Christian County Public Schools made masks inside the buildings optional on Thursday at the regular school board meeting.
Superintendent Chris Bentzel made the recommendation to make masks optional after giving the “Healthy at School” report about the COVID-19 trends in the district.
“Right now, I believe the district is in a very good place,” Bentzel said. “The numbers are now nothing compared to the spike we saw in September.”
The district has seen new COVID-19 infections plateau in recent weeks and after consulting with local doctors, Bentzel said that now is the right time to make masks optional.
“We talked with local pediatricians and they thought it was a good time to try it out and see what the numbers look like between Thanksgiving and Christmas,” Bentzel said. “It’s a three-week window and if we have to go back (to wearing masks), we can do that and we’ve got Christmas break as a reset as well.”
Since vaccines are now approved and available for children ages 5 and up, that also made it the right time.
“Why are we doing that now? It’s important to note that as of yesterday, all of our students have an opportunity to get vaccinated,” Bentzel said. “It’s out there and available if parents choose to do so. That layer of protection is available for all our students now.”
Feedback from the district stakeholders was also taken into consideration.
“A lot of the feedback that we got from our parents and students was that it was time to go to a mask option for our students,” Bentzel said. “I understand parents know what’s best for their kids. I’m not trying to be a parent to all the students of Christian County Public Schools. We just try to make the best decisions possible at the time. I think it’s time.”
Students and staff will still be allowed to wear masks in the buildings if they choose to do so.
“Masks are allowed,” Bentzel said. “It’s just an option. We’re not not saying you can’t wear them.”
Bentzel added that other measures meant to slow the spread of COIVD-19 will stay in place.
“We’ll always continue to offer the mitigation strategies of handwashing, social distancing when applicable, close contact quarantines... and stay on top of everything,” Bentzel said.
The change does not affect wearing masks on schools buses. Masks will continue to be mandatory on buses, since that is a federal mandate.
The board voted unanimously to approve the measure to lift the mask mandate. The motion also gave the superintendent the power to reimpose the mandate without a board vote if it becomes necessary to do so.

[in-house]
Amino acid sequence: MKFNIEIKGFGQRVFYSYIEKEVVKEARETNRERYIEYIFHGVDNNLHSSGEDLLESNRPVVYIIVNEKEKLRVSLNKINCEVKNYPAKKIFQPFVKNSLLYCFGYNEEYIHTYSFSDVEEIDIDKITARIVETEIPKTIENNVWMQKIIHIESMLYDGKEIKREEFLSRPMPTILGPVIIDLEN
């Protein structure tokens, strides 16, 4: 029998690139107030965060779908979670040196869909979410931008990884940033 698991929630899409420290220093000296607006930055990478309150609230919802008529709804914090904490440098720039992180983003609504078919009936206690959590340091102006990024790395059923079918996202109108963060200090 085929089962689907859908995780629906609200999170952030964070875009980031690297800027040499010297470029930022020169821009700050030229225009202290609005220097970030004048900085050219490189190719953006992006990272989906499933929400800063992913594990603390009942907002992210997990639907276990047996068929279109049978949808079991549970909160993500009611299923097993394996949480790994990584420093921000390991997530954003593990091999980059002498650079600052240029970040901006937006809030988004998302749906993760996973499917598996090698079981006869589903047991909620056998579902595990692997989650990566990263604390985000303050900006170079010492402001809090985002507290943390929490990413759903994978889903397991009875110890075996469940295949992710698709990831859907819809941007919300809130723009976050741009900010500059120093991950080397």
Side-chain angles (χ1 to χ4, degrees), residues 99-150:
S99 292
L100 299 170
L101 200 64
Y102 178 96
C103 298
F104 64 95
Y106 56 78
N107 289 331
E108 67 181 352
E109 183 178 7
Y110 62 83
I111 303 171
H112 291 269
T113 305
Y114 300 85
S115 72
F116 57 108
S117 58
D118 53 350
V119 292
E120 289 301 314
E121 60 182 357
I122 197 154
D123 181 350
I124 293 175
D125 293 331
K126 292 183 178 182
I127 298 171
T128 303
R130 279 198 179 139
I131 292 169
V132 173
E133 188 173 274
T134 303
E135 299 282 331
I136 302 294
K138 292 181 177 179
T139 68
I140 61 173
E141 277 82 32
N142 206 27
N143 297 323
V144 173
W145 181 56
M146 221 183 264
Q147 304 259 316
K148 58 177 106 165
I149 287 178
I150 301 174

It was a time of celebration on Wednesday as five new graduates completed Christian County Drug Court and were recognized for their accomplishment of getting on the road to recovery and sobriety.
Shannon Davenport, Coty Flynn, Derrick Tillman, Devin Johnson and Mindy Keller were all congratulated by Judge Andrew Self and Judge John Atkins during the graduation ceremony.
For Davenport, the experience started with her forced detox while in jail.
“Going to jail was one of the best things that has happened to me,” she said.
Once she started to recover from that, she said she decided she wanted to be healthy for her family — especially her children.
“I no longer wanted to be everybody’s burden or a disappointment,” Davenport said.
And she said she was thankful that drug court allowed her to get her life back.
“Drug court is not easy, if so — everybody would make it,” Davenport said. “But you will make it if you want to.”
Johnson said the drug court program and residential treatment helped him improve himself in order to begin to kick his drug habit.
“I didn’t have a drug problem — I had a me problem,” Johnson said. “You have to work on yourself on the inside.”
In closing, Atkins said that he has a sticker on the door to his office that says, “Drug court works.”
“I want to improve on that saying, because drug court works if you work drug court,” Atkins said.
The Christian County Drug Court program has 15 active participants, including the five who just graduated.
Drug Court was Kentucky’s first Specialty Court program and has a long track record of significantly reducing drug use and criminal behavior. Instead of spending time in jail, Drug Court participants choose to complete a substance use disorder program supervised by a judge. Drug Court graduates are more likely to return to productive lives and stay gainfully employed, pay child support and meet other obligations.
The Department of Specialty Courts at the Administrative Office of the Courts oversees Drug Court programs in 120 counties.
Individuals eligible for Drug Court have been charged with drug use or nonviolent drug-related crime, with their main problems stemming from substance use disorder. Drug Court combines close court supervision and treatment with other services to intervene and break the cycle of substance abuse and crime.